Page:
Friday, October 21, 2011

The Paradox of Value

I had been hoping to focus my blog on the Anthropogenic Allee Effect since first hearing about it in lecture. What a crazy thing for mankind to do; discover rarity and push it to the limit—simply for the fleeting thrill of the hunt, joy in the exotic treasurer, or satisfaction with a complete collection. So with already a few opinions on the nature of my fellow man, this trend had me intrigued, a little irritated, and ready to learn more.

In case you don’t quite remember what the Anthropogenic Allee Effect (AAE) is, Courchamp et al. describe it in their article as, “The value attributed to rarity in some human activities that could precipitate the extinction of rare species.” There they list six different human activities that do, or have the potential to, induce an AAE. These are: Collections, Trophy Hunting, Luxury Items, Exotic Pets, Ecotourism, and Traditional Medicine. All of these activities place value on species that are exceedingly rare and, in doing so, continue to add to the their rarity as they take organisms out of their natural habitat for their own interests. Examples we discussed in class, and are mentioned in Courchamp et al.’s article, include Big Horn sheep—which hunters may pay up to $400,000 to hunt! and the Napoleon wrasse, which is highly valued for its uh, delicious?? lips.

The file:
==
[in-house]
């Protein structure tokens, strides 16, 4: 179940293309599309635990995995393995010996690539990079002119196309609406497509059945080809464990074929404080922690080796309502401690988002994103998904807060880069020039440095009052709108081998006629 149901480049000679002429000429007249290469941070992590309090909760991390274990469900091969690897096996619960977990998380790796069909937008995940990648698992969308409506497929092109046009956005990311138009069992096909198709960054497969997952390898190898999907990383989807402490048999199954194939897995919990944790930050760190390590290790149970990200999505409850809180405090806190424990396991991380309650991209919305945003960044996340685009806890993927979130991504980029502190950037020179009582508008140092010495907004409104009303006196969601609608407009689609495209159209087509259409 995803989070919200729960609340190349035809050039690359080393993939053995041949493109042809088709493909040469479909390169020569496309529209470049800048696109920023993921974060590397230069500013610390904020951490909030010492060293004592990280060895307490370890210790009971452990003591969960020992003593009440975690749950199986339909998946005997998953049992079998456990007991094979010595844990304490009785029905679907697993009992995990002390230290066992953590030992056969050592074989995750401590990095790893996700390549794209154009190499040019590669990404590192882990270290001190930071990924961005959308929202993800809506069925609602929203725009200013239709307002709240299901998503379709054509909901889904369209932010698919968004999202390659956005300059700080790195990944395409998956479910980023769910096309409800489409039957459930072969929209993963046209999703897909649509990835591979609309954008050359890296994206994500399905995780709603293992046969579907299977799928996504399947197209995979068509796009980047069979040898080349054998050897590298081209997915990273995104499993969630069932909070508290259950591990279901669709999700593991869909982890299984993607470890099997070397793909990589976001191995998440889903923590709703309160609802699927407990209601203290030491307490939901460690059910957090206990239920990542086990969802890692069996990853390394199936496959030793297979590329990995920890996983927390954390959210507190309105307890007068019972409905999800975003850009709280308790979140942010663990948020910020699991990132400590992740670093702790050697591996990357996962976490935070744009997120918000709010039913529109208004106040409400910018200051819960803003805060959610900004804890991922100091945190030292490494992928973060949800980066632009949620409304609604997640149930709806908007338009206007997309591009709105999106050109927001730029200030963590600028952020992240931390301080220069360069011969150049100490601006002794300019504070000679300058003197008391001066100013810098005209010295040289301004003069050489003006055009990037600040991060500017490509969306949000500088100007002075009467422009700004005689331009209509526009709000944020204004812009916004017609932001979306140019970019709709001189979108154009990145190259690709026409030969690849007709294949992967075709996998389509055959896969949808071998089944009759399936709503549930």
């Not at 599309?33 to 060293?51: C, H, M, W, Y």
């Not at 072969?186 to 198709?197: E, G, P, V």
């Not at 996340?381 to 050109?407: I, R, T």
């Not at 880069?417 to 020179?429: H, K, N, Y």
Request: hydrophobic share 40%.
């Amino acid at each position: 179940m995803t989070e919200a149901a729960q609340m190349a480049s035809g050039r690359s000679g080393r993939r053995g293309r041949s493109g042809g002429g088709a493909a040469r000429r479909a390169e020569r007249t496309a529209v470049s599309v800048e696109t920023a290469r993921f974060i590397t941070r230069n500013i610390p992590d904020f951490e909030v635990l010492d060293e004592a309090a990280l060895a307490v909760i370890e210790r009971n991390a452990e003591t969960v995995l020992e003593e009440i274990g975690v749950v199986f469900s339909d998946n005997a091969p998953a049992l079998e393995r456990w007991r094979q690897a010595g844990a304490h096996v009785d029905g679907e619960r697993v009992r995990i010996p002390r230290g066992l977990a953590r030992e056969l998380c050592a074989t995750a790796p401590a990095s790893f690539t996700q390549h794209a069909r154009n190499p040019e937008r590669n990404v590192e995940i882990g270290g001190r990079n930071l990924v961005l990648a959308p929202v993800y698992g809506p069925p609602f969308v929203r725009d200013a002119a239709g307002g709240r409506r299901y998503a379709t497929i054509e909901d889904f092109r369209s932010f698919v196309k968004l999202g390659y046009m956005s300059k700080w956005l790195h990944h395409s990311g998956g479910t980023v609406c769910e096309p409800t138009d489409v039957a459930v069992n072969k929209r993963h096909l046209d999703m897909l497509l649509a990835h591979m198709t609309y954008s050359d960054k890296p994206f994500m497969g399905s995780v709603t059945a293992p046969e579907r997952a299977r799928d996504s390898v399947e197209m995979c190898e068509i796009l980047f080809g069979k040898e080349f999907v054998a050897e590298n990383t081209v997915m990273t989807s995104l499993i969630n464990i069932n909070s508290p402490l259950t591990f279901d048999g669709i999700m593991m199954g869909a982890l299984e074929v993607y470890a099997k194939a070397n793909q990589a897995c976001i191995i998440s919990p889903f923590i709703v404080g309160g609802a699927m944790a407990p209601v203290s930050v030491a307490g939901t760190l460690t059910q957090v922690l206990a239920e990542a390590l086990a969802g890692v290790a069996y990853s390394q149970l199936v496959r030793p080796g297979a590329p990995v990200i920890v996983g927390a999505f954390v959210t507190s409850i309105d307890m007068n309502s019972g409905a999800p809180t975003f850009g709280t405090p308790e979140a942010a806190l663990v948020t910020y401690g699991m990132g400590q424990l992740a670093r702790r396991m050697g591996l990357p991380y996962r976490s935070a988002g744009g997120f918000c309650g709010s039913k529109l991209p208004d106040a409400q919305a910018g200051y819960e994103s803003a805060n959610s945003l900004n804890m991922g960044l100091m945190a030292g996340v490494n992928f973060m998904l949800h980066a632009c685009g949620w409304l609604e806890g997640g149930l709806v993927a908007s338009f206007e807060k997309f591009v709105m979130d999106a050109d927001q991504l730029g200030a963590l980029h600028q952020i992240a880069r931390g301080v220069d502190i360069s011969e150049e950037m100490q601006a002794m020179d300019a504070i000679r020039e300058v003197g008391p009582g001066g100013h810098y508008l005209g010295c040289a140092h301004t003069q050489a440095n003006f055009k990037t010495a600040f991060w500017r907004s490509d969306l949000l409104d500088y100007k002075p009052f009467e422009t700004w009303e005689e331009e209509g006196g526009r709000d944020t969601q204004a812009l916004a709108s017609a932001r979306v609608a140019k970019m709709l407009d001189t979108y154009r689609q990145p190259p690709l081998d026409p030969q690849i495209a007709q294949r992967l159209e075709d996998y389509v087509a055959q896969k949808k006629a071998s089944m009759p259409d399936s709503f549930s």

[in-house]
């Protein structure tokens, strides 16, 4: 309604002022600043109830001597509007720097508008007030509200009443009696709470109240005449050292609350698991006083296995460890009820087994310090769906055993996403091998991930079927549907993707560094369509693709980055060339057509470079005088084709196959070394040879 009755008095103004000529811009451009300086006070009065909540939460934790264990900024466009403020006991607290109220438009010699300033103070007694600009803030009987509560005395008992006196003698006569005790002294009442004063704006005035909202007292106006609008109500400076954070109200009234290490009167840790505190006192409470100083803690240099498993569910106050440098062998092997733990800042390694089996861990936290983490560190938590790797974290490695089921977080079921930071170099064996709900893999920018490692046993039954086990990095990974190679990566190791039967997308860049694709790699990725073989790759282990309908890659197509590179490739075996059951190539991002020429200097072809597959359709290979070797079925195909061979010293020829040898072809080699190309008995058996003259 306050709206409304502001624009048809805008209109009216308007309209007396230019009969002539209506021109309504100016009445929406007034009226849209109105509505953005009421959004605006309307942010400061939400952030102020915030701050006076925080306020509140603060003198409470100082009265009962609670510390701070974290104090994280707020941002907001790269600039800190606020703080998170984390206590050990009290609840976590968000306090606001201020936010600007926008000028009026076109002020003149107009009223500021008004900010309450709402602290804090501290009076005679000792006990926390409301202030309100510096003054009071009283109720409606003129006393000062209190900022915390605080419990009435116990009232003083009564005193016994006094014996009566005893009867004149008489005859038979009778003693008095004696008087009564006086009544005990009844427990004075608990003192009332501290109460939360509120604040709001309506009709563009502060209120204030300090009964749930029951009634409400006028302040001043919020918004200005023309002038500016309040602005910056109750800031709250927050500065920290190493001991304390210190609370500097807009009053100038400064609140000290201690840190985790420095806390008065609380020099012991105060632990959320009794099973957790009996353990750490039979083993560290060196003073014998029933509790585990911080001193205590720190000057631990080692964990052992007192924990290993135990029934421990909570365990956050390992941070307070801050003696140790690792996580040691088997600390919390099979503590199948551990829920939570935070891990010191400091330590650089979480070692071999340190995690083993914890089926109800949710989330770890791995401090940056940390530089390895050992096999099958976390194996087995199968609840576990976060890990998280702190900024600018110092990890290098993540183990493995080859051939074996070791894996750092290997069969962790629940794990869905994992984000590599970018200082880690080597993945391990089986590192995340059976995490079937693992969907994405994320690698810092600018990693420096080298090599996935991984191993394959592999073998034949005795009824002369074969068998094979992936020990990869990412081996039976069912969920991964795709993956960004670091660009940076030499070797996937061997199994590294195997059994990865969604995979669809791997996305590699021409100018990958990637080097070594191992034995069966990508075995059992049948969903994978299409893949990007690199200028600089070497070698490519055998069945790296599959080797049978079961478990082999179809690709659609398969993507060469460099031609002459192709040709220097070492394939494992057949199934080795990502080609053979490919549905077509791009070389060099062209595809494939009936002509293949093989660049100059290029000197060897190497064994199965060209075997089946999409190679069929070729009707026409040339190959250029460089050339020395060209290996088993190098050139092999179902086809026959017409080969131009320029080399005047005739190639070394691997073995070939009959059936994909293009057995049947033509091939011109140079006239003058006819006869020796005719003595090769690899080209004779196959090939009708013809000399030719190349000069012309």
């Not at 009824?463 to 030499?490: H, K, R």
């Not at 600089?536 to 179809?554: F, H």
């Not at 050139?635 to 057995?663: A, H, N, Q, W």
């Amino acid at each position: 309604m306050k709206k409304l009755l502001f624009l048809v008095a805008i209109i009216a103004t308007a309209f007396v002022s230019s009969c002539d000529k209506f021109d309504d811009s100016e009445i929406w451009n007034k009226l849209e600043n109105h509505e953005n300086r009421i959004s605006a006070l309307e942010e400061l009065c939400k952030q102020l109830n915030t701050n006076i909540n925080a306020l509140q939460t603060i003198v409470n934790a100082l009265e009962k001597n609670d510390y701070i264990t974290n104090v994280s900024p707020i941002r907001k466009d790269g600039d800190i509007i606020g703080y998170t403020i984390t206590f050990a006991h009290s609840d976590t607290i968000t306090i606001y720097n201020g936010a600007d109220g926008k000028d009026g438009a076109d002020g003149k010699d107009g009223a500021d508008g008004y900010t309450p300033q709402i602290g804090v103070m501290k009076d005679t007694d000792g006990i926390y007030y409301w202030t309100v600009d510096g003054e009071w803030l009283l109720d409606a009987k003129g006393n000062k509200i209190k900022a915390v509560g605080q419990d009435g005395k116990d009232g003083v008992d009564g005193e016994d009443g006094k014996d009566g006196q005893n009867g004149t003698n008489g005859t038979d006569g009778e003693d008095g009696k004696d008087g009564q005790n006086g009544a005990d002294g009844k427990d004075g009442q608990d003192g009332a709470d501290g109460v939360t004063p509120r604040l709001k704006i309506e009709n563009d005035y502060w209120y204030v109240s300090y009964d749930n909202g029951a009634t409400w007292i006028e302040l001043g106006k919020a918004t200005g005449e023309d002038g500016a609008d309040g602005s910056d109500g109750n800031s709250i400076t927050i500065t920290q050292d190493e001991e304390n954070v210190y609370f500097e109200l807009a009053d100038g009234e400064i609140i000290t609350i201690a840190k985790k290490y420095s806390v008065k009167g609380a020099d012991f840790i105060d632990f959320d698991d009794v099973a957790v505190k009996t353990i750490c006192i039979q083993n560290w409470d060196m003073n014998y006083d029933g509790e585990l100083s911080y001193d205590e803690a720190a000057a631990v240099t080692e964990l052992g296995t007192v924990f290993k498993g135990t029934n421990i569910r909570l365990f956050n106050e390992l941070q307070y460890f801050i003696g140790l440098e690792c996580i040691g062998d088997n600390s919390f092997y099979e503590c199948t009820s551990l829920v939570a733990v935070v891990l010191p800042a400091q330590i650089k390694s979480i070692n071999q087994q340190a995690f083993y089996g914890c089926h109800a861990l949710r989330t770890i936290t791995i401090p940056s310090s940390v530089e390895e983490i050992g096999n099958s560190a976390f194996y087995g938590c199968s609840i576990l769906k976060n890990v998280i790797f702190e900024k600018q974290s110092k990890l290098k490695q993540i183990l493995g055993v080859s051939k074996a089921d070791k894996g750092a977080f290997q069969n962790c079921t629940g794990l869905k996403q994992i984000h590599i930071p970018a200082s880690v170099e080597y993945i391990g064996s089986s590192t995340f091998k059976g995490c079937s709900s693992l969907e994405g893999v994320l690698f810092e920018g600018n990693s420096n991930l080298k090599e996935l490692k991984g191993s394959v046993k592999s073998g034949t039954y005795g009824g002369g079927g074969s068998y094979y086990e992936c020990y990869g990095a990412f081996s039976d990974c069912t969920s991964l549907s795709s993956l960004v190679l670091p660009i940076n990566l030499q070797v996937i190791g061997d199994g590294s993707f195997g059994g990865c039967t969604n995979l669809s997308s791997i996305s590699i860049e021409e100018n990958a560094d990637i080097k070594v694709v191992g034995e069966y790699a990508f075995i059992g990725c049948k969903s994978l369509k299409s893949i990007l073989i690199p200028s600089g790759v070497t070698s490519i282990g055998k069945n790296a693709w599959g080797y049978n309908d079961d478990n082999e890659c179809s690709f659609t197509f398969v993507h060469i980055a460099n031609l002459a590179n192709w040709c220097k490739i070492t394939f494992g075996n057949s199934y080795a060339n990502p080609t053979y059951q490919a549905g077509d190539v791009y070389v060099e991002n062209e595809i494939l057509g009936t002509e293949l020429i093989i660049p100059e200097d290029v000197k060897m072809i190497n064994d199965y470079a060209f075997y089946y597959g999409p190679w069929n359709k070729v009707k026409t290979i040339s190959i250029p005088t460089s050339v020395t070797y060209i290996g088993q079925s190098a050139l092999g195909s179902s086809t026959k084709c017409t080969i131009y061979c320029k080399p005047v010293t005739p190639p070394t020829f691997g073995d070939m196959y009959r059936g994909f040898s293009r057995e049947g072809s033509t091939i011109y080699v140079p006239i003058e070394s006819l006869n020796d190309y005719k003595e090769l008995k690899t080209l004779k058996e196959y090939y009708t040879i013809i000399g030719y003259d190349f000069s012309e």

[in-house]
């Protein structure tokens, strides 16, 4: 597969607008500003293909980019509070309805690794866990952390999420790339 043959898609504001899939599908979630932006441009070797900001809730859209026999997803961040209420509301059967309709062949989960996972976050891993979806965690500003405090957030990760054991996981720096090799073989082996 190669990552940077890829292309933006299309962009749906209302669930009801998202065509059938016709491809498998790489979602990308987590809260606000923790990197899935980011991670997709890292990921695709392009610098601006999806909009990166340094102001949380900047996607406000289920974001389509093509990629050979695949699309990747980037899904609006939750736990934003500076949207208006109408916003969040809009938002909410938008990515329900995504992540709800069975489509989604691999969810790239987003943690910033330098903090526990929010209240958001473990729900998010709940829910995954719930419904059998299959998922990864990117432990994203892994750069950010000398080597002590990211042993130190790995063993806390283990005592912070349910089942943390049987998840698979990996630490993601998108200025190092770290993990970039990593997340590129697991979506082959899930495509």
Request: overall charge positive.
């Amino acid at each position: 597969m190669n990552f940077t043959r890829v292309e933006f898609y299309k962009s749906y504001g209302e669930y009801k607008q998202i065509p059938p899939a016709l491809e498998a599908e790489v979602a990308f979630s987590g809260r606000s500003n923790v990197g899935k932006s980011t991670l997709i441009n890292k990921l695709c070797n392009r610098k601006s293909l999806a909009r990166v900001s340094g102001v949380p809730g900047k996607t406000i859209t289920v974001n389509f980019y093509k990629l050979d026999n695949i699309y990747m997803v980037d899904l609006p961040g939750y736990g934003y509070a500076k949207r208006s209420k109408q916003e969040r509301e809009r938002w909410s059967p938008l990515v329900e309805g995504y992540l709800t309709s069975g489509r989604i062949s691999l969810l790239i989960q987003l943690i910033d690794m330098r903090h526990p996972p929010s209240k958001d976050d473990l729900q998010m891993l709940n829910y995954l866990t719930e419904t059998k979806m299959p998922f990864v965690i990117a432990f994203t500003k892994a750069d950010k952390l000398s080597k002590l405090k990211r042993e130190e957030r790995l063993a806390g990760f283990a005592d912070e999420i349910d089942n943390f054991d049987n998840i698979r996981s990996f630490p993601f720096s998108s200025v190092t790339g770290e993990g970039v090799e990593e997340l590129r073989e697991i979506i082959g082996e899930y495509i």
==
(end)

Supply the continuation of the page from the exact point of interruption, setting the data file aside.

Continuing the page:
But the Anthropogenic Allee Effect is not only a threat to the most charismatic and emblematic species, but also to the most inconspicuous invertebrate, as long as rarity renders it fashionable to exploit for one reason or another (Courchamp et al. 2006).

The consequences of the AAE are ultimately disastrous. If rarity continues to be the most desirable factor, then eventually everything will go extinct! And then where will we stand? Happy to collect cockroaches perhaps?

To learn more about the Anthopogenic Allee Effect or the Napoleon wrasse, please check out the sites listed below.

Courchamp F, Angulo E, Rivalan P, Hall RJ, Signoret L, et al. 2006 Rarity Value and Species Extinction: The Anthropogenic Allee Effect. PLoS Biol 4(12): e415. doi:10.1371/journal.pbio.0040415

Humphead Wrasses Awareness Campaign. The Humphead Wrasse. IUCN and Species Survival Commission. Web. 9 Aug. 2011.

Photo credit:

Darren JEW/WWF-Canon.

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